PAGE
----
It is hard to imagine that this seemingly innocuous discovery would one day become the pillar of modern observational astronomy. This article describes the journey that began fifty years ago with the discovery of CMB by Penzias and Wilson until now, when a group of scientists in the USA, by studying fluctuations in swirls of polarized light in the CMB, unearthed possible evidence that the Big Bang 2, 3 had indeed happened 13.82 billion years ago. In order to follow the progression of ideas in these fifty years, one must start at the very beginning, the Big Bang.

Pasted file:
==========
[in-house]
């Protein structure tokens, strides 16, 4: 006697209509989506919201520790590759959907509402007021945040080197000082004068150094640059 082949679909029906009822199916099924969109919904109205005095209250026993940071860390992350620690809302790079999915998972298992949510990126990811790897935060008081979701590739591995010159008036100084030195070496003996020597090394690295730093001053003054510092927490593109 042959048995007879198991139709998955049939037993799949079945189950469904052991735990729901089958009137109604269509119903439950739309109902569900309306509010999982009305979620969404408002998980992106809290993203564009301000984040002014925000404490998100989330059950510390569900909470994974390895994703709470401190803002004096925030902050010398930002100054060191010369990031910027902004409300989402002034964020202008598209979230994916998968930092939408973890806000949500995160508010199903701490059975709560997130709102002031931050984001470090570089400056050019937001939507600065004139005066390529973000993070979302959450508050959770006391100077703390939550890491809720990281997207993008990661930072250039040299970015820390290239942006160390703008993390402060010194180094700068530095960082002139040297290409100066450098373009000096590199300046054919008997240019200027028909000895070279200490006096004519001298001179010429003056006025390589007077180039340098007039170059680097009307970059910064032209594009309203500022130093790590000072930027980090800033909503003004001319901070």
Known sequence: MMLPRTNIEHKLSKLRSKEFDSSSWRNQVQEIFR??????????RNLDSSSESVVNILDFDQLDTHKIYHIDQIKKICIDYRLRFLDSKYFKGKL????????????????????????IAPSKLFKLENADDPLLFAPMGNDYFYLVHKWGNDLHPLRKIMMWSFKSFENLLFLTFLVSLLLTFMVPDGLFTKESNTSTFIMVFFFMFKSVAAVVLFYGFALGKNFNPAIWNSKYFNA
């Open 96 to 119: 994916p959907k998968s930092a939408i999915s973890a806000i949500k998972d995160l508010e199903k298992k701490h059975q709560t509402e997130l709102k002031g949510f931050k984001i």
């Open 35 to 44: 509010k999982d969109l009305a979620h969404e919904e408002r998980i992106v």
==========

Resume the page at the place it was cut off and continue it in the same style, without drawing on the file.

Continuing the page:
1 Neutral hydrogen formed about 380,000 years after the Big Bang. Prior to this time, the constant interaction between matter (electrons) and light (photons) made the universe opaque.
2 Specifically, the researchers of the Background Imaging of Cosmic Extragalactic Polarization 2 (BICEP2) experiment found evidence of inflation that caused the early universe to expand exponentially for a very short period of time. Inflation cosmology, or simply inflation, is the subject of Section 6.
3 BICEP2’s results were recently challenged by other groups. See here for details.